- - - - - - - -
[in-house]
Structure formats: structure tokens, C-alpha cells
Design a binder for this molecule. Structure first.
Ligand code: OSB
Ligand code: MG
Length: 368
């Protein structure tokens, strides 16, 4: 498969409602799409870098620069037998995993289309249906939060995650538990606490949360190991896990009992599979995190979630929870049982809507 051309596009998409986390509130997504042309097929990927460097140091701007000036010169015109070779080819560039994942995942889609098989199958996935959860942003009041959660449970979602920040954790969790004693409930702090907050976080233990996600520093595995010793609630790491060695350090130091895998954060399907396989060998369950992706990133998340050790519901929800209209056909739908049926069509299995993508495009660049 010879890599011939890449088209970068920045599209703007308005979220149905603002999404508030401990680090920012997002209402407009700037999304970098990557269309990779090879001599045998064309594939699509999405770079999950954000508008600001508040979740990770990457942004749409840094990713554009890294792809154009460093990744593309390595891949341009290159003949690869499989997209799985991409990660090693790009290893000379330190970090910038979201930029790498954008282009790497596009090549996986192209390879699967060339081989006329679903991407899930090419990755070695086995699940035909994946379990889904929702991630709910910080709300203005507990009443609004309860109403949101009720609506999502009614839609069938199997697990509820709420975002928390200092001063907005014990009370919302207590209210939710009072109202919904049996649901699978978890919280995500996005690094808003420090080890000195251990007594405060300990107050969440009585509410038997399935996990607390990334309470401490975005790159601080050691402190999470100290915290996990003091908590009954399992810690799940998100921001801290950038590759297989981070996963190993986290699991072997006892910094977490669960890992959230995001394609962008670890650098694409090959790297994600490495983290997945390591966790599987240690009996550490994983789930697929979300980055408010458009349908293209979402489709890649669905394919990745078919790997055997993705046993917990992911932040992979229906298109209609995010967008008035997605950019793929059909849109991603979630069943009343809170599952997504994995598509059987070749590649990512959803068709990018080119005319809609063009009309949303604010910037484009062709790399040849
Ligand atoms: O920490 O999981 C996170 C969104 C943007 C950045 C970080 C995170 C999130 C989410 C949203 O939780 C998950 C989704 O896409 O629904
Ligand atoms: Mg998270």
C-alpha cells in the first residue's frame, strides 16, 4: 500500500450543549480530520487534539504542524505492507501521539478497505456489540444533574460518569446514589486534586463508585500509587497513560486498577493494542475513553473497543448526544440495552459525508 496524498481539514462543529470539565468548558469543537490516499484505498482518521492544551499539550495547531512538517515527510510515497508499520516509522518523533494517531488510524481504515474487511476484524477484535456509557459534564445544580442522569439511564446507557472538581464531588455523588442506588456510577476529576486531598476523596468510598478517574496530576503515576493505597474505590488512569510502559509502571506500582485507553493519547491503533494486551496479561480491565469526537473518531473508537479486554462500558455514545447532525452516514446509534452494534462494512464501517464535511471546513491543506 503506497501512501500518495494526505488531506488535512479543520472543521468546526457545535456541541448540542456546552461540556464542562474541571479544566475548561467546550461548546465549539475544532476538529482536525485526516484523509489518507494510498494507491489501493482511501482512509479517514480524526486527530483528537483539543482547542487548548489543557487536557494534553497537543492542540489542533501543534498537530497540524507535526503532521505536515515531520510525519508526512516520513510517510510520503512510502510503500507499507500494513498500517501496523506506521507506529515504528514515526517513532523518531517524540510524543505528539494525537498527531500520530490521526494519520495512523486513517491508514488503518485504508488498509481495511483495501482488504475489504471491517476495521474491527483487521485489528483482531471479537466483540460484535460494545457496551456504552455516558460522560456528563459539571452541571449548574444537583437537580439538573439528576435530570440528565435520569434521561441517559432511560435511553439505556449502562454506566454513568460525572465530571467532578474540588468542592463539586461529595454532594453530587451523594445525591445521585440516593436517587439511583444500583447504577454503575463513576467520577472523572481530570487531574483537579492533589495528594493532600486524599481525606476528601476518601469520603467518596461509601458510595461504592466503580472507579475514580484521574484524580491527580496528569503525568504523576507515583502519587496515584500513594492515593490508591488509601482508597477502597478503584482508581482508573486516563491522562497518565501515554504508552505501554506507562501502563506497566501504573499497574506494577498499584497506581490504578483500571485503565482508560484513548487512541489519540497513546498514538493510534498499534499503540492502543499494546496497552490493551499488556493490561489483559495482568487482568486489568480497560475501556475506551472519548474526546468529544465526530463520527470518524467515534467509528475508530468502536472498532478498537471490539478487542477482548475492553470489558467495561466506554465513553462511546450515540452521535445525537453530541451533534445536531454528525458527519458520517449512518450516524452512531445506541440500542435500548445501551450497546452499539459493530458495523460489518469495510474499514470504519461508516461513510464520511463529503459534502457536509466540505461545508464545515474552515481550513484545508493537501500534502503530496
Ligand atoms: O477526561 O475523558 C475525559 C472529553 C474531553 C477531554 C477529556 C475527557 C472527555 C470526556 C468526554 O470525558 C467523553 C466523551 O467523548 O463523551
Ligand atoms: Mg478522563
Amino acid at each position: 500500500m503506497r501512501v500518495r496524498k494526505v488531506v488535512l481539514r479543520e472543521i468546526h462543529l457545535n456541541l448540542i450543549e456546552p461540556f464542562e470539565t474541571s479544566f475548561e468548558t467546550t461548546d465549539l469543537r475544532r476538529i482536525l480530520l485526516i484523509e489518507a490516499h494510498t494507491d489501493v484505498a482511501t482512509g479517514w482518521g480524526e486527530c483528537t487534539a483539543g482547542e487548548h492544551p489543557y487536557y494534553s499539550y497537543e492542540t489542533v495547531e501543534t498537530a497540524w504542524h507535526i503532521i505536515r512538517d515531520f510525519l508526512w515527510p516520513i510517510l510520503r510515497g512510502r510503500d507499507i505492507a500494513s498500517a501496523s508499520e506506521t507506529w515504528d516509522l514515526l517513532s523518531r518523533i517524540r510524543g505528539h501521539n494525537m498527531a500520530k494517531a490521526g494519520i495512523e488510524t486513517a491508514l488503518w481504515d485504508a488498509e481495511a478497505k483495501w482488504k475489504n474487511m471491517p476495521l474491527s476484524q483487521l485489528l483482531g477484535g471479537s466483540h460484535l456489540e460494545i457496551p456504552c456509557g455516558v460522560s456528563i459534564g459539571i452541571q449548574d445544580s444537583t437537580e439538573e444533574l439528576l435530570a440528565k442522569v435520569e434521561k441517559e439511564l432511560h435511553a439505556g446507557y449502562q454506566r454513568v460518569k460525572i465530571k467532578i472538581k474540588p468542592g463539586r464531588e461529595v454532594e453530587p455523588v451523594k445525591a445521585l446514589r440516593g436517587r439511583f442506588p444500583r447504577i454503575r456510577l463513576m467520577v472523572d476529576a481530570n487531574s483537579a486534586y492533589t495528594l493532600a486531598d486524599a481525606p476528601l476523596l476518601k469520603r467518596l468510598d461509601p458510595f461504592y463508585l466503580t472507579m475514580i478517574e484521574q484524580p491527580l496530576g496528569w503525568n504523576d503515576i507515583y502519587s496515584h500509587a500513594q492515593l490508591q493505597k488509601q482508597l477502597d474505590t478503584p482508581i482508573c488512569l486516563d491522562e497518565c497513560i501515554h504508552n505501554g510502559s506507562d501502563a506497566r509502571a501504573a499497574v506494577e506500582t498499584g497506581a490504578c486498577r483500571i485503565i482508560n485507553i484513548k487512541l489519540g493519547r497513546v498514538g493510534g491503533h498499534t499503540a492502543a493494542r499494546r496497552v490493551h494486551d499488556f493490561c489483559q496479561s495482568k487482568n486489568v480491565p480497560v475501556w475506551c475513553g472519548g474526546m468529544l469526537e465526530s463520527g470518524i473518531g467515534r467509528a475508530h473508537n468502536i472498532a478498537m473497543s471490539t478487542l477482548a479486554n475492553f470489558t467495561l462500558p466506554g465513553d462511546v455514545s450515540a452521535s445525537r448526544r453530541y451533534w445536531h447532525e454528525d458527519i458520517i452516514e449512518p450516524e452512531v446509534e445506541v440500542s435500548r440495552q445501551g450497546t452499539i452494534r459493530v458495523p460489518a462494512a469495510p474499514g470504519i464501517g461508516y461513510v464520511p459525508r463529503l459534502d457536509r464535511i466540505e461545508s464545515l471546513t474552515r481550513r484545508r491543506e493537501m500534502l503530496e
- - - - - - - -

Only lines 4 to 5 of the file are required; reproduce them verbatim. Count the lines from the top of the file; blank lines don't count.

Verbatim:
Ligand code: OSB
Ligand code: MG